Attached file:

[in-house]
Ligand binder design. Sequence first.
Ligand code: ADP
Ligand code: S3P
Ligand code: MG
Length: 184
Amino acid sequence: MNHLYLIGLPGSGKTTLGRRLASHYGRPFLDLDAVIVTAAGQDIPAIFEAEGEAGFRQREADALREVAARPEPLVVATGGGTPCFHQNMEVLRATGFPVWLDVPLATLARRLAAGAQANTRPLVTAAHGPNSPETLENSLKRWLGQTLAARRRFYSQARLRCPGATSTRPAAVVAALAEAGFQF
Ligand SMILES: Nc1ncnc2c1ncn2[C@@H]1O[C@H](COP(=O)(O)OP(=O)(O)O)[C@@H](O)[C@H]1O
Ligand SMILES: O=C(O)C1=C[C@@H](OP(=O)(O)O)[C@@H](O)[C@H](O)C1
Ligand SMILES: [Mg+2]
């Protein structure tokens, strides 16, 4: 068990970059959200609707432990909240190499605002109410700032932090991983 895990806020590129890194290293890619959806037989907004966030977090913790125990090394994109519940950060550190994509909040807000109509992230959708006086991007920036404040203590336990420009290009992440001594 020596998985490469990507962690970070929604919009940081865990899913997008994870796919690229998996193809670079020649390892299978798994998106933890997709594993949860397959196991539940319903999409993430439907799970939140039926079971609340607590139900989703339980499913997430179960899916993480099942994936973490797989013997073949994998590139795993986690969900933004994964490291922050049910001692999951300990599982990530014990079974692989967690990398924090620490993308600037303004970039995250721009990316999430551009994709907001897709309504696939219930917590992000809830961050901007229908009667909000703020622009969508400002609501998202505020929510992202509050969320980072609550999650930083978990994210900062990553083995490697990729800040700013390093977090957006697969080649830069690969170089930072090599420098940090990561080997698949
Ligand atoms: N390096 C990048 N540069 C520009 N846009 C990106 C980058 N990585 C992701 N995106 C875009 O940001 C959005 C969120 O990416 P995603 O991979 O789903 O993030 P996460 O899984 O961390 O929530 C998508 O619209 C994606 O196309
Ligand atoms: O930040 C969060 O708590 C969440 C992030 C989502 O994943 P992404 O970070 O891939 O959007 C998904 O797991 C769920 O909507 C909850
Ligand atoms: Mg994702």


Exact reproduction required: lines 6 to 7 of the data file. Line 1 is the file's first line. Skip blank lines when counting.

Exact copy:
Length: 184
Amino acid sequence: MNHLYLIGLPGSGKTTLGRRLASHYGRPFLDLDAVIVTAAGQDIPAIFEAEGEAGFRQREADALREVAARPEPLVVATGGGTPCFHQNMEVLRATGFPVWLDVPLATLARRLAAGAQANTRPLVTAAHGPNSPETLENSLKRWLGQTLAARRRFYSQARLRCPGATSTRPAAVVAALAEAGFQF